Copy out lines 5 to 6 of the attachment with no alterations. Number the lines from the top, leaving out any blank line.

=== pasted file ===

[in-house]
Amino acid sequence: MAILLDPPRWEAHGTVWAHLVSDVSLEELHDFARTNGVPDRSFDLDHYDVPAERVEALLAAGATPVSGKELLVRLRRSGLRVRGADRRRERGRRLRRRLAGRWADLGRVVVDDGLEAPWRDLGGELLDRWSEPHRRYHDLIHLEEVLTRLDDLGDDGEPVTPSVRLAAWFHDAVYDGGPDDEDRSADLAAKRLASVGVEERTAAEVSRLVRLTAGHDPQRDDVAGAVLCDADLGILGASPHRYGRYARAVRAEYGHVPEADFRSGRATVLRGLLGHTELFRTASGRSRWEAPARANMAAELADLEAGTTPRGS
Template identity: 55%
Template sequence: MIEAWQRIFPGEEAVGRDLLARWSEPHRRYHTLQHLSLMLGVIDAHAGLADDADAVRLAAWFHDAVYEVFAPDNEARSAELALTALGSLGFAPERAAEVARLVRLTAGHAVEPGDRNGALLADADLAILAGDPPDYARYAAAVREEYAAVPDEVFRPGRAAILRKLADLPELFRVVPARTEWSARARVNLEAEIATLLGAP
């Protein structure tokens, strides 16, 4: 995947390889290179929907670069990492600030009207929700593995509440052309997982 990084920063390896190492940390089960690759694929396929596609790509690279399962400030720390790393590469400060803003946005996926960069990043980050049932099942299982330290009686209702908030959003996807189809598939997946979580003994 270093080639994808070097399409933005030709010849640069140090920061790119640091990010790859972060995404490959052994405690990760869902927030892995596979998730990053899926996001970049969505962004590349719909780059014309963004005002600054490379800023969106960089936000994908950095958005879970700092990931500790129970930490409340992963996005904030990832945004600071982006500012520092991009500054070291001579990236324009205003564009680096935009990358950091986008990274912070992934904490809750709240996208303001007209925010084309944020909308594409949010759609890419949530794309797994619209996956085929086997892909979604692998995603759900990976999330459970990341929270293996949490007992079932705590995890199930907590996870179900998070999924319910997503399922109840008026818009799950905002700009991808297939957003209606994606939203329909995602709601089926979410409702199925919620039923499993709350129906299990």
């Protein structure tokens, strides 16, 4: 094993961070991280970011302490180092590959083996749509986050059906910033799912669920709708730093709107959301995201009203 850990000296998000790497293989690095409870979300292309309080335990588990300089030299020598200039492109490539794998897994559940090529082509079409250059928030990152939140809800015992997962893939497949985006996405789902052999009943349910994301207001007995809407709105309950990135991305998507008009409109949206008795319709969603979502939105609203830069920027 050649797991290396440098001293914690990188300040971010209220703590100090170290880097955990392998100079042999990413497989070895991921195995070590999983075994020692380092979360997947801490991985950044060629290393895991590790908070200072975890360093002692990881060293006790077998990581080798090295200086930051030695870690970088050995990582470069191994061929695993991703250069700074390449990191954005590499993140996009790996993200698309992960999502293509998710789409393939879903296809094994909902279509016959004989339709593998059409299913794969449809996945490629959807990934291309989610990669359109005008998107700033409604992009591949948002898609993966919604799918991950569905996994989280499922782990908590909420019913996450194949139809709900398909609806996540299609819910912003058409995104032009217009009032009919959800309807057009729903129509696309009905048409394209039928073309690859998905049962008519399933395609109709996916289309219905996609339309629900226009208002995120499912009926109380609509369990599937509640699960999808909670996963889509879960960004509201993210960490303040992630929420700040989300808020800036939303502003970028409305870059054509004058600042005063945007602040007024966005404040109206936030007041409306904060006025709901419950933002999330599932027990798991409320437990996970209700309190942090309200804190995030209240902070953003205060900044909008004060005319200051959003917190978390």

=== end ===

């Protein structure tokens, strides 16, 4: 995947390889290179929907670069990492600030009207929700593995509440052309997982 990084920063390896190492940390089960690759694929396929596609790509690279399962400030720390790393590469400060803003946005996926960069990043980050049932099942299982330290009686209702908030959003996807189809598939997946979580003994 270093080639994808070097399409933005030709010849640069140090920061790119640091990010790859972060995404490959052994405690990760869902927030892995596979998730990053899926996001970049969505962004590349719909780059014309963004005002600054490379800023969106960089936000994908950095958005879970700092990931500790129970930490409340992963996005904030990832945004600071982006500012520092991009500054070291001579990236324009205003564009680096935009990358950091986008990274912070992934904490809750709240996208303001007209925010084309944020909308594409949010759609890419949530794309797994619209996956085929086997892909979604692998995603759900990976999330459970990341929270293996949490007992079932705590995890199930907590996870179900998070999924319910997503399922109840008026818009799950905002700009991808297939957003209606994606939203329909995602709601089926979410409702199925919620039923499993709350129906299990």
């Protein structure tokens, strides 16, 4: 094993961070991280970011302490180092590959083996749509986050059906910033799912669920709708730093709107959301995201009203 850990000296998000790497293989690095409870979300292309309080335990588990300089030299020598200039492109490539794998897994559940090529082509079409250059928030990152939140809800015992997962893939497949985006996405789902052999009943349910994301207001007995809407709105309950990135991305998507008009409109949206008795319709969603979502939105609203830069920027 050649797991290396440098001293914690990188300040971010209220703590100090170290880097955990392998100079042999990413497989070895991921195995070590999983075994020692380092979360997947801490991985950044060629290393895991590790908070200072975890360093002692990881060293006790077998990581080798090295200086930051030695870690970088050995990582470069191994061929695993991703250069700074390449990191954005590499993140996009790996993200698309992960999502293509998710789409393939879903296809094994909902279509016959004989339709593998059409299913794969449809996945490629959807990934291309989610990669359109005008998107700033409604992009591949948002898609993966919604799918991950569905996994989280499922782990908590909420019913996450194949139809709900398909609806996540299609819910912003058409995104032009217009009032009919959800309807057009729903129509696309009905048409394209039928073309690859998905049962008519399933395609109709996916289309219905996609339309629900226009208002995120499912009926109380609509369990599937509640699960999808909670996963889509879960960004509201993210960490303040992630929420700040989300808020800036939303502003970028409305870059054509004058600042005063945007602040007024966005404040109206936030007041409306904060006025709901419950933002999330599932027990798991409320437990996970209700309190942090309200804190995030209240902070953003205060900044909008004060005319200051959003917190978390």